Guinea is one of the world’s poorest nations despite vast untapped mineral wealth, with a stagnating economy, youth unemployment at 60 percent and a rank of 178th out of 187 countries on the UN’s Human Development Index.

Residents of Conakry’s suburbs said they feared venturing into the city centre to shop and were keeping their children home from school.

“I wonder what Guinea has done to God to make him send us this untreatable disease… I’m wary of anything that moves that could be a carrier of the disease,” said unemployed graduate Abdoulaye Soumah.

The 15-member Economic Community of West African States said the outbreak was now “a serious threat to regional security” and appealed for help from the international community. Fifteen new confirmed or suspected cases, including in the Conakry outbreak, were reported on Thursday, the health ministry said, bringing the total in Guinea to 103. The tropical virus – described in some health publications as a “molecular shark” – causes severe fever and muscle pain, weakness, vomiting, diarrhoea and, in severe cases, organ failure and unstoppable bleeding.Ebola had never spread among humans in west Africa before the current outbreak, but further suspected cases being investigated in Liberia and Sierra Leone could bring the total death toll to at least 77.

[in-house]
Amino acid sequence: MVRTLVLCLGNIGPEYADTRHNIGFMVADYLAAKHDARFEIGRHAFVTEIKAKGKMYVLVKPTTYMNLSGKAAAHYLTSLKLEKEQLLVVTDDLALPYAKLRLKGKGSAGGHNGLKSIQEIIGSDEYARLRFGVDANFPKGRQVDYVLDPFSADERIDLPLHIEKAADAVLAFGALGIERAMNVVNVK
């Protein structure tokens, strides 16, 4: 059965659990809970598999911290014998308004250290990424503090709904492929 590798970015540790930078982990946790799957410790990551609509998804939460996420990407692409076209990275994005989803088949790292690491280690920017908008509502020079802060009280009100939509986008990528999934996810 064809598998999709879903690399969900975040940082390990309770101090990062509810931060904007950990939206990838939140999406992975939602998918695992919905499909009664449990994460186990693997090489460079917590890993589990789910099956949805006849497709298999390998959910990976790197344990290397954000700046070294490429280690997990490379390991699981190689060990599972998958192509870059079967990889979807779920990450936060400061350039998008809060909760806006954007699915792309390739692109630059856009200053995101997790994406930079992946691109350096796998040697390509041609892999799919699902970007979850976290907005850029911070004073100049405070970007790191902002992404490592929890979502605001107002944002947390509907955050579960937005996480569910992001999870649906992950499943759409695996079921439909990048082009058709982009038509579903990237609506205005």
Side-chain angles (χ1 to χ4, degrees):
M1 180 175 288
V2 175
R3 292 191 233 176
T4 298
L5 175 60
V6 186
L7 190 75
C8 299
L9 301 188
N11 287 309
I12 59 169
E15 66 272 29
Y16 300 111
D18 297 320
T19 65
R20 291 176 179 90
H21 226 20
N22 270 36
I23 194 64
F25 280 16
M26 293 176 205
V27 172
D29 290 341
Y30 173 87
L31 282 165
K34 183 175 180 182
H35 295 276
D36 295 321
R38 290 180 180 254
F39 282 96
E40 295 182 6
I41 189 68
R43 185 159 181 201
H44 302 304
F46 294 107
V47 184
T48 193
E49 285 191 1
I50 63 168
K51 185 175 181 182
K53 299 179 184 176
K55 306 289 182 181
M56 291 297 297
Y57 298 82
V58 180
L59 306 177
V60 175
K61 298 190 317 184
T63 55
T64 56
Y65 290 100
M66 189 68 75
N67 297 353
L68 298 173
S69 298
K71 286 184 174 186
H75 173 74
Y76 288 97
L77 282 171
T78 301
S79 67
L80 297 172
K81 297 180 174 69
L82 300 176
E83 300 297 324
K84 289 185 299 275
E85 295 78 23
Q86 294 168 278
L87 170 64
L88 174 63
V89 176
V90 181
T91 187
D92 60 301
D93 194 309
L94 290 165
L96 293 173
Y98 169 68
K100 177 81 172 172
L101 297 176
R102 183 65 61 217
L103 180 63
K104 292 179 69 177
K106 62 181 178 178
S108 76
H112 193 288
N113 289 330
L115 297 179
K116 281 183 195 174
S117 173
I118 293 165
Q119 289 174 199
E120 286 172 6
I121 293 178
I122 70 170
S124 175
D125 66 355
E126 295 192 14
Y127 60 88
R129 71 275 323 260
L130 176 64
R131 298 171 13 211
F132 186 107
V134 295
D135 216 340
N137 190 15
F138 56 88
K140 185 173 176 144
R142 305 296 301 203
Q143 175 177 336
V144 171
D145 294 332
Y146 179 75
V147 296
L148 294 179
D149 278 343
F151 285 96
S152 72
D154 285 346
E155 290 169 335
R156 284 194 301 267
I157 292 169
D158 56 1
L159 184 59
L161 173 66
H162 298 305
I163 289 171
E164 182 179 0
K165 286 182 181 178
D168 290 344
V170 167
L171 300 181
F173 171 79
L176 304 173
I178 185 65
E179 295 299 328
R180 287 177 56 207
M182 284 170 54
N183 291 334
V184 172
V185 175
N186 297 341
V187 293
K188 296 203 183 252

Scientists have examined 41 samples from victims, Guinea’s health ministry said, with 15 testing positive for the Zaire strain of Ebola, the most virulent.

The WHO said Liberia had reported eight suspected cases of Ebola fever, including six deaths, while Sierra Leone had reported six suspected cases, five of them fatal. Transmission of Ebola to humans can come from wild animals, direct contact from another human’s blood, faeces or sweat, as well as sexual contact or the unprotected handling of contaminated corpses.

The health charity Doctors Without Borders, known by its French initials MSF, said the spread of the disease was being exacerbated by people travelling to funerals in which mourners touch the bodies of the dead.

Guinea has banned the consumption of bat soup, a popular delicacy in the country, as the fruit bat is believed to be the host species. No treatment or vaccine is available, and the Zaire strain detected in Guinea – first observed 38 years ago in what is today called the Democratic Republic of Congo – has a 90 percent death rate.Customers in a suburban cafe in Conakry described the epidemic as “divine retribution” and “a curse that has befallen us and will allow us to reflect on our daily behaviour”.

“There is total panic among the population,” said Fanta Traore. But the WHO played down fears of a massive spread, pointing out that the disease typically caused much less death and sickness than influenza, and adding that it was not recommending travel restrictions.

“Outbreaks tend to be limited. But certainly we need to watch this extremely carefully because there is no treatment, there is no cure and the course of the disease is more often than not fatal,” WHO spokesman Gregory Hartl told reporters in Geneva.